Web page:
• Safer births, birth outside of guidelines (SPM 4.1, SPM 4.2, SPM 4.3, SPM 4. 8, SPM 4.10, SPM 5.2, SPM 5.7)
• Promoting non-discriminatory care, reasonable adjustment (SPM 1.8, SPM 3.22, SPM 3.27, SPM 5.3)
• Legal and ethical frameworks for professional practice in complex cases (SPM 1.2, SPM 1.3, SPM 1.21)

More information

MW0634 -

Proficient Midwifery Practice (40 Credits)

This module enables you to demonstrate that you have met the clinical proficiencies required by the NMC Standards for pre-registration midwifery education and can safely and effectively make the transition from student midwife to newly qualified midwifery registrant (SPM 1.1, SPM 1.6, SPM 1.18). This module is the ‘capstone’ of your learning in relation to the five practice categories set out in the Framework for Quality Maternal and Newborn Care (QMNC) .

The emphasis of your learning will be your adaptive role in leading and managing universal midwifery care for women and neonates (SPM 3.6) and contributing additional midwifery care that is tailored to women’s individual circumstances (SPM 1.5, SPM 1.13, SPM 2.7, SPM 2.9) and needs. In doing so you demonstrate increasing autonomy in your practice. Continuity opportunities are pivotal to your practice; these provide you with the opportunity to develop your practice and confidence and demonstrate that you have achieved the proficiencies required to become a midwife who can be ‘with woman’ on the childbearing continuum journey, however that journey evolves (SPM 1.10, SPM 1.11, SPM 1.12, SPM 1.14, SPM 1.22). Practice-based learning experience will provide replica opportunities for you to develop personal and professional resilience and resources to support service transformation and change that the role of the midwife requires; for example, Continuity contributions to being ready to lead universal care of the women and neonates mean that you will develop the midwifery skills necessary (SPM 1.2, SPM 1.21) to deliver universal screening processes and procedures such as those described in the Antenatal Screening Programme, the Fetal Anomaly Screening Programme and the Newborn Infant Screening Programme, including NIPE (all Public Health England national screening programmes). . The UNICEF Baby Friendly Initiative standards will continue to underpin infant feeding and relationship building content within the module, with a particular focus on support, referral and managing challenges in an individualised and holistic way as you practice with greater autonomy.


Being Safe is embedded within the module as you revisit skills such as team working (SPM 5.4) infection control (SPM 3.10), life support and the management of medicines (SPM 3.19, SPM 1.23) and apply your knowledge ‘in vivo’ to reduce risk whilst at the same time holding the experience of women and families central to your approach (SPM 1.9, SPM 2.5). The expectations of professional practice and the NMC Code will be consolidated (SPM 1.1), for example, in relation to the concept of advocacy (SPM 1.15) where you would effectively apply the NMC Code to the protection of vulnerable children and adults, including in end-of-life care (SPM 4.11).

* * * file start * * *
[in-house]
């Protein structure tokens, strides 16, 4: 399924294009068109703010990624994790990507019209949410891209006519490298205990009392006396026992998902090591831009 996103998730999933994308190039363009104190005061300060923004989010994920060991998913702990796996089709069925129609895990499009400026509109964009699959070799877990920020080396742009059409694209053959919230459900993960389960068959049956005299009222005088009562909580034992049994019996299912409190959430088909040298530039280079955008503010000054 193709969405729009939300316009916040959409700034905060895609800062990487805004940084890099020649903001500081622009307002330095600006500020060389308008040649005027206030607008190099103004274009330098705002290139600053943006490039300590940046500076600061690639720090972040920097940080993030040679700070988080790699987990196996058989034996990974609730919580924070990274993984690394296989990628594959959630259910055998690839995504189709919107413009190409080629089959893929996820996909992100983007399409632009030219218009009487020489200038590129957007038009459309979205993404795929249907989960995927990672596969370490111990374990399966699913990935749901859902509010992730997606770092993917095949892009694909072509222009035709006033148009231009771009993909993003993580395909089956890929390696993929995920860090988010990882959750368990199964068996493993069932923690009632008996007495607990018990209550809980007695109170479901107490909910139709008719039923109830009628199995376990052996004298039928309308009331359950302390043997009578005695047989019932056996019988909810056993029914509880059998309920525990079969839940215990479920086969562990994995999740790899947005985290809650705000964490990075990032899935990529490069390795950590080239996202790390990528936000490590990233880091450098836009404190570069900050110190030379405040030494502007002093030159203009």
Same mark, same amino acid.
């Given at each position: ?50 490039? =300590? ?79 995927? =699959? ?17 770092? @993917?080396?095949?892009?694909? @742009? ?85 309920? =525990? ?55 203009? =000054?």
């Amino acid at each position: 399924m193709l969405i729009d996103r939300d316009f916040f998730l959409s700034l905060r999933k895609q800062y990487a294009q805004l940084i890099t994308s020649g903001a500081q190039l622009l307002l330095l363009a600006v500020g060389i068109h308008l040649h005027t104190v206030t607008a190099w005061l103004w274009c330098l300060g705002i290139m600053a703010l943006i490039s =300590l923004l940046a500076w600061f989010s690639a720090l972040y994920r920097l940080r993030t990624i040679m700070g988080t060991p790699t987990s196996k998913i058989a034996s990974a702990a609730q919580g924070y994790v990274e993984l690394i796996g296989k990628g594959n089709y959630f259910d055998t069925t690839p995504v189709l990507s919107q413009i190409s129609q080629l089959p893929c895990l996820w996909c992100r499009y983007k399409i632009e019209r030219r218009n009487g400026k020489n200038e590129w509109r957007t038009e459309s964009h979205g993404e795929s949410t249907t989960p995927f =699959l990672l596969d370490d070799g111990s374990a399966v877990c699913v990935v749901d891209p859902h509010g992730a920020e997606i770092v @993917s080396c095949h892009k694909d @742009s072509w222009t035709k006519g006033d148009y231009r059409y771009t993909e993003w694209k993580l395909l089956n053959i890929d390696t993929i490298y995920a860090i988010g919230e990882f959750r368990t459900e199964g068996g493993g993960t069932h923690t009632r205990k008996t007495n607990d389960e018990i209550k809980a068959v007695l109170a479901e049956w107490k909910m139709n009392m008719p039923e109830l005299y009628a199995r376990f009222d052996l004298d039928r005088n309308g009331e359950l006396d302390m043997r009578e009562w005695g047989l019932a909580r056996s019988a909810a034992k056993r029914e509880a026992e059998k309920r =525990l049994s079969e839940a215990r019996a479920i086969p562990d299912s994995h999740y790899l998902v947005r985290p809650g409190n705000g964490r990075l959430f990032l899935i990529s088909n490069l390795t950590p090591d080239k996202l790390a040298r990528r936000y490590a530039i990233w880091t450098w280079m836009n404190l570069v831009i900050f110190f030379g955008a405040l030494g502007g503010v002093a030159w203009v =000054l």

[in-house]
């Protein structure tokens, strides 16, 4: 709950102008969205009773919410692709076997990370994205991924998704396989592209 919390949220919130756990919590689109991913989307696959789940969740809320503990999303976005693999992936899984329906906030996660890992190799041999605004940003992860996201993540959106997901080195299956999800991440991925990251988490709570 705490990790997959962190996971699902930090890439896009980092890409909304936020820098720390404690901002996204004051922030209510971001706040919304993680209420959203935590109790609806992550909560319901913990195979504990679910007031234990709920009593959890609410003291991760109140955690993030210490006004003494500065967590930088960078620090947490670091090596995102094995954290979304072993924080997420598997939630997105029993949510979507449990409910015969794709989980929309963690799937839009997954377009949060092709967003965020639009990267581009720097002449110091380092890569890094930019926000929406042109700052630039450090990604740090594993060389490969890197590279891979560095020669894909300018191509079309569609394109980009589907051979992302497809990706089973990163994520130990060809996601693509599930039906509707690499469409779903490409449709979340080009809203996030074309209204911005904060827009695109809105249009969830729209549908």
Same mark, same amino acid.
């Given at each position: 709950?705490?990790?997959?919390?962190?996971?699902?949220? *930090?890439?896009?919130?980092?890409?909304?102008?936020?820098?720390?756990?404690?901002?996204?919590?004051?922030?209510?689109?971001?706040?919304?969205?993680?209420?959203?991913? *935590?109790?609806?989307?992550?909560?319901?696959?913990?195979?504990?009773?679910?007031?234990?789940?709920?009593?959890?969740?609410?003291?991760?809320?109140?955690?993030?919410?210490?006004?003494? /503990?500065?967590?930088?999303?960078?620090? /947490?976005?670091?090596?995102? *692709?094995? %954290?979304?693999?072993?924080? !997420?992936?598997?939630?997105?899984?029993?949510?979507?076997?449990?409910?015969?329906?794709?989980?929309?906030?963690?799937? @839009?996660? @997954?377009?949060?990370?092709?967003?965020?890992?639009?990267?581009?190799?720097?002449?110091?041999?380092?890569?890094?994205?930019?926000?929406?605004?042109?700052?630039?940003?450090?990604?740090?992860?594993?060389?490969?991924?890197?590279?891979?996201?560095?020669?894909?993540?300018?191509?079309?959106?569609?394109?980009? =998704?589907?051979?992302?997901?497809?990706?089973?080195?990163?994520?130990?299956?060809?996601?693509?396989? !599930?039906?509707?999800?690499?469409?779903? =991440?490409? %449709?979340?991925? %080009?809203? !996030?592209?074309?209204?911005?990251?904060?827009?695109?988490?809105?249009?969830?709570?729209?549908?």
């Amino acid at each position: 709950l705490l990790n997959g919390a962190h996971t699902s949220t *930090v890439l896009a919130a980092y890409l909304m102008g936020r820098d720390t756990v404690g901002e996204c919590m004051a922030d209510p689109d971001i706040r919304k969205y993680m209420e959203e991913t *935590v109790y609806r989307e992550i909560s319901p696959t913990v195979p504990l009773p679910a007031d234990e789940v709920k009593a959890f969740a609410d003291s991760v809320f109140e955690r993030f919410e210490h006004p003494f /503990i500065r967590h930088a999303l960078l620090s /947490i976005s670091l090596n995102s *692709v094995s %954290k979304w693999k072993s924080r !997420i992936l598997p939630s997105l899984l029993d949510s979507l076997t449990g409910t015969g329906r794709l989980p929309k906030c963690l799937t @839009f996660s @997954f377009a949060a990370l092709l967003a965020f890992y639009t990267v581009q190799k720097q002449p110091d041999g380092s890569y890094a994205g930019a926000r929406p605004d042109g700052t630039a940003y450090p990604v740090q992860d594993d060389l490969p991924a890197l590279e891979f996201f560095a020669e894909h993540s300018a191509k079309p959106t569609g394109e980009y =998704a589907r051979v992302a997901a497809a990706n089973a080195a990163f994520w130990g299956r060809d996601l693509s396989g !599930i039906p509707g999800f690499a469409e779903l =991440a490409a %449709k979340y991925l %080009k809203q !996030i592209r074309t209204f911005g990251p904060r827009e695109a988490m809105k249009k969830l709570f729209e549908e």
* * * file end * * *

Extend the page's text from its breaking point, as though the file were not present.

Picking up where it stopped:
You will be signposted to revisit the theories and approaches explored throughout your programme and apply these to midwifery practice (SPM 2.1, SPM 2.1) as you consolidate your academic, professional and scholarly skills (SPM 5.18). The module provides a conduit for the integration of new theoretical knowledge gained throughout Year 3 into the clinical environment (SPM 2.3 and into your emerging personal style of midwifery practice (SPM 1.4), ready for your registration as a midwife. These areas of practice require that you are able to understand and work effectively across professional boundaries (SPM 1.19, SPM 2.4. SPM 2.11, SPM 5.12), recognising the impact of the context of care provision (SPM 1.7) upon the personal (SPM 1.26) and professional skills you need to demonstrate in practice (SPM 1.24, SPM1.27, SPM2.5, SPM 2.9, SPM 5.2, SPM 5.5, SPM 5.6, SPM 5.13.6).

You will be encouraged to address key concepts including transformational leadership skills and your ability to work effectively as part of an interprofessional team (SPM 5.9, SPM 5.14, SPM 5.15). You will contribute towards supporting continuity opportunities, developing and rehearsing leadership skills as you work with healthcare support workers/ maternity support workers/ more junior student midwives (SPM 5.21). You will utilise service user feedback and practice learning team feedback to evaluate your own care provision and feed this forward into your practice as a midwife, maximising the quality of experience and outcomes for women and strengthening your effectiveness as a colleague in maternity care (SPM 5.19, SPM 5.20).

More information

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Midwifery Studies BSc (Hons)

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Courses starting in 2021 are offered as a mix of face to face and online learning. We continue to monitor government and local authority guidance in relation to Covid-19 and we are ready and able to flex accordingly to ensure the health and safety of our students and staff.